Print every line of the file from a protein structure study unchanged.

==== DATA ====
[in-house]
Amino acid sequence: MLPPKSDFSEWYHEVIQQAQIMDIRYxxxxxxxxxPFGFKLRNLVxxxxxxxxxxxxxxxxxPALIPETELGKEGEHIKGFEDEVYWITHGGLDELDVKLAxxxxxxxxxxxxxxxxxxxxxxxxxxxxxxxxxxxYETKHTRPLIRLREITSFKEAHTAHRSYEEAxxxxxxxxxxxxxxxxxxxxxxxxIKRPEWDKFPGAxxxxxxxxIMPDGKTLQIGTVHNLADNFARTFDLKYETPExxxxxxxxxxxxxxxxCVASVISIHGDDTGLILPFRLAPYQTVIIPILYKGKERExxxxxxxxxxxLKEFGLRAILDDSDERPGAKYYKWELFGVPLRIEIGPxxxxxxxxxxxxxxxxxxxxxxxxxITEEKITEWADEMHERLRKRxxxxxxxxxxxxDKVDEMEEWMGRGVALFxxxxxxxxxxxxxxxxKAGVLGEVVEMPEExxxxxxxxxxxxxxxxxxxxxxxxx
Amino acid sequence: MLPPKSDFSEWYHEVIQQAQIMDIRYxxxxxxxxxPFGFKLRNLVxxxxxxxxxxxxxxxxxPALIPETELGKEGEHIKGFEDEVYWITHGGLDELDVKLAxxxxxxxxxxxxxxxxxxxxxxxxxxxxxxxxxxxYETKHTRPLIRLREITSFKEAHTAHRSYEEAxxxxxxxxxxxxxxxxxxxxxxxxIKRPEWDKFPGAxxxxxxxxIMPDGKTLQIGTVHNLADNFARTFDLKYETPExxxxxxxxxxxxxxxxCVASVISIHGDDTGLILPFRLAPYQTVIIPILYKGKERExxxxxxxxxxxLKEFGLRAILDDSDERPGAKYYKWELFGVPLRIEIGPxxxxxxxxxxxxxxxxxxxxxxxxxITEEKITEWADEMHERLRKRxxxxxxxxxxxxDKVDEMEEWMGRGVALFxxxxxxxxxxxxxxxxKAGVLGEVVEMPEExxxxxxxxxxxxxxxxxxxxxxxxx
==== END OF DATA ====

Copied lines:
[in-house]
Amino acid sequence: MLPPKSDFSEWYHEVIQQAQIMDIRYxxxxxxxxxPFGFKLRNLVxxxxxxxxxxxxxxxxxPALIPETELGKEGEHIKGFEDEVYWITHGGLDELDVKLAxxxxxxxxxxxxxxxxxxxxxxxxxxxxxxxxxxxYETKHTRPLIRLREITSFKEAHTAHRSYEEAxxxxxxxxxxxxxxxxxxxxxxxxIKRPEWDKFPGAxxxxxxxxIMPDGKTLQIGTVHNLADNFARTFDLKYETPExxxxxxxxxxxxxxxxCVASVISIHGDDTGLILPFRLAPYQTVIIPILYKGKERExxxxxxxxxxxLKEFGLRAILDDSDERPGAKYYKWELFGVPLRIEIGPxxxxxxxxxxxxxxxxxxxxxxxxxITEEKITEWADEMHERLRKRxxxxxxxxxxxxDKVDEMEEWMGRGVALFxxxxxxxxxxxxxxxxKAGVLGEVVEMPEExxxxxxxxxxxxxxxxxxxxxxxxx
Amino acid sequence: MLPPKSDFSEWYHEVIQQAQIMDIRYxxxxxxxxxPFGFKLRNLVxxxxxxxxxxxxxxxxxPALIPETELGKEGEHIKGFEDEVYWITHGGLDELDVKLAxxxxxxxxxxxxxxxxxxxxxxxxxxxxxxxxxxxYETKHTRPLIRLREITSFKEAHTAHRSYEEAxxxxxxxxxxxxxxxxxxxxxxxxIKRPEWDKFPGAxxxxxxxxIMPDGKTLQIGTVHNLADNFARTFDLKYETPExxxxxxxxxxxxxxxxCVASVISIHGDDTGLILPFRLAPYQTVIIPILYKGKERExxxxxxxxxxxLKEFGLRAILDDSDERPGAKYYKWELFGVPLRIEIGPxxxxxxxxxxxxxxxxxxxxxxxxxITEEKITEWADEMHERLRKRxxxxxxxxxxxxDKVDEMEEWMGRGVALFxxxxxxxxxxxxxxxxKAGVLGEVVEMPEExxxxxxxxxxxxxxxxxxxxxxxxx